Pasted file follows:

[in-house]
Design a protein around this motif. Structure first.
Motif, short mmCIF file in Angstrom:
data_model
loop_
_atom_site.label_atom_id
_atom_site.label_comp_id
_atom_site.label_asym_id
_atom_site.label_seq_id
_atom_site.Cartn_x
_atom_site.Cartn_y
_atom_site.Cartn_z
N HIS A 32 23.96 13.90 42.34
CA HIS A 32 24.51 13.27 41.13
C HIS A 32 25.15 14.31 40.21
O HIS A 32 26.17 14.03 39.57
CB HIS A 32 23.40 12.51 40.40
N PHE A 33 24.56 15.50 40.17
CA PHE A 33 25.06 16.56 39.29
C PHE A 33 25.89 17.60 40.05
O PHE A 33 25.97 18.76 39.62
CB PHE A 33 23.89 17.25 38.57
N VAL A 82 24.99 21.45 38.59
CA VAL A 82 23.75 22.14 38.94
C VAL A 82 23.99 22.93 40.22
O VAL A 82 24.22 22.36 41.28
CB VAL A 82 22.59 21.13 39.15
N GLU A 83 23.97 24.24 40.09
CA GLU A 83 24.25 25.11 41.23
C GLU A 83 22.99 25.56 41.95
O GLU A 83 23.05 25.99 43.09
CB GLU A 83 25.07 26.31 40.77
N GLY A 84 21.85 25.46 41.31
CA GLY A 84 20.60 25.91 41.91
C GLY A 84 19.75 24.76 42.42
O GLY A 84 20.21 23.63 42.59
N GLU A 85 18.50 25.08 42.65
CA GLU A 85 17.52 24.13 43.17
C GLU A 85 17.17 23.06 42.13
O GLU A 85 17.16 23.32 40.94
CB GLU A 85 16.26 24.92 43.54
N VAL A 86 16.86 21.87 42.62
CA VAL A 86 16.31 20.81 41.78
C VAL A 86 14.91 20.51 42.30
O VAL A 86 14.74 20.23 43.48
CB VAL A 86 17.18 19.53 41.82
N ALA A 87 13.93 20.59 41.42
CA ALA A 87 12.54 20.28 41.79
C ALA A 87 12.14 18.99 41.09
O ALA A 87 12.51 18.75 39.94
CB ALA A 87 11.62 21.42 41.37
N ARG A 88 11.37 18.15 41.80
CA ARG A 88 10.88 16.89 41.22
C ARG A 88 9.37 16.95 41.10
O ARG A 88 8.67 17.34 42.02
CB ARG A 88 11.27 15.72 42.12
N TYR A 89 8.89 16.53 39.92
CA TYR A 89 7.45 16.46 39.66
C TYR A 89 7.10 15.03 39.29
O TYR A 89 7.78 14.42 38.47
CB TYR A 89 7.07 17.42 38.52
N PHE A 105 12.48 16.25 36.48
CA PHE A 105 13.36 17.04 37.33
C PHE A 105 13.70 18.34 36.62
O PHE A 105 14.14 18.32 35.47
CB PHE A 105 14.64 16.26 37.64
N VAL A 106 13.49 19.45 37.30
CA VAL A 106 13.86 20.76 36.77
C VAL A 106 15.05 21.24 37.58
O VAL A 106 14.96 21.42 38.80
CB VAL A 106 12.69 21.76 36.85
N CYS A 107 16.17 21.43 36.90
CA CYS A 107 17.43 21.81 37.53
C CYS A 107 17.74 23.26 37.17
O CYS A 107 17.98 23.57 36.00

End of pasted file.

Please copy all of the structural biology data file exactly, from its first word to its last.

[in-house]
Design a protein around this motif. Structure first.
Motif, short mmCIF file in Angstrom:
data_model
loop_
_atom_site.label_atom_id
_atom_site.label_comp_id
_atom_site.label_asym_id
_atom_site.label_seq_id
_atom_site.Cartn_x
_atom_site.Cartn_y
_atom_site.Cartn_z
N HIS A 32 23.96 13.90 42.34
CA HIS A 32 24.51 13.27 41.13
C HIS A 32 25.15 14.31 40.21
O HIS A 32 26.17 14.03 39.57
CB HIS A 32 23.40 12.51 40.40
N PHE A 33 24.56 15.50 40.17
CA PHE A 33 25.06 16.56 39.29
C PHE A 33 25.89 17.60 40.05
O PHE A 33 25.97 18.76 39.62
CB PHE A 33 23.89 17.25 38.57
N VAL A 82 24.99 21.45 38.59
CA VAL A 82 23.75 22.14 38.94
C VAL A 82 23.99 22.93 40.22
O VAL A 82 24.22 22.36 41.28
CB VAL A 82 22.59 21.13 39.15
N GLU A 83 23.97 24.24 40.09
CA GLU A 83 24.25 25.11 41.23
C GLU A 83 22.99 25.56 41.95
O GLU A 83 23.05 25.99 43.09
CB GLU A 83 25.07 26.31 40.77
N GLY A 84 21.85 25.46 41.31
CA GLY A 84 20.60 25.91 41.91
C GLY A 84 19.75 24.76 42.42
O GLY A 84 20.21 23.63 42.59
N GLU A 85 18.50 25.08 42.65
CA GLU A 85 17.52 24.13 43.17
C GLU A 85 17.17 23.06 42.13
O GLU A 85 17.16 23.32 40.94
CB GLU A 85 16.26 24.92 43.54
N VAL A 86 16.86 21.87 42.62
CA VAL A 86 16.31 20.81 41.78
C VAL A 86 14.91 20.51 42.30
O VAL A 86 14.74 20.23 43.48
CB VAL A 86 17.18 19.53 41.82
N ALA A 87 13.93 20.59 41.42
CA ALA A 87 12.54 20.28 41.79
C ALA A 87 12.14 18.99 41.09
O ALA A 87 12.51 18.75 39.94
CB ALA A 87 11.62 21.42 41.37
N ARG A 88 11.37 18.15 41.80
CA ARG A 88 10.88 16.89 41.22
C ARG A 88 9.37 16.95 41.10
O ARG A 88 8.67 17.34 42.02
CB ARG A 88 11.27 15.72 42.12
N TYR A 89 8.89 16.53 39.92
CA TYR A 89 7.45 16.46 39.66
C TYR A 89 7.10 15.03 39.29
O TYR A 89 7.78 14.42 38.47
CB TYR A 89 7.07 17.42 38.52
N PHE A 105 12.48 16.25 36.48
CA PHE A 105 13.36 17.04 37.33
C PHE A 105 13.70 18.34 36.62
O PHE A 105 14.14 18.32 35.47
CB PHE A 105 14.64 16.26 37.64
N VAL A 106 13.49 19.45 37.30
CA VAL A 106 13.86 20.76 36.77
C VAL A 106 15.05 21.24 37.58
O VAL A 106 14.96 21.42 38.80
CB VAL A 106 12.69 21.76 36.85
N CYS A 107 16.17 21.43 36.90
CA CYS A 107 17.43 21.81 37.53
C CYS A 107 17.74 23.26 37.17
O CYS A 107 17.98 23.57 36.00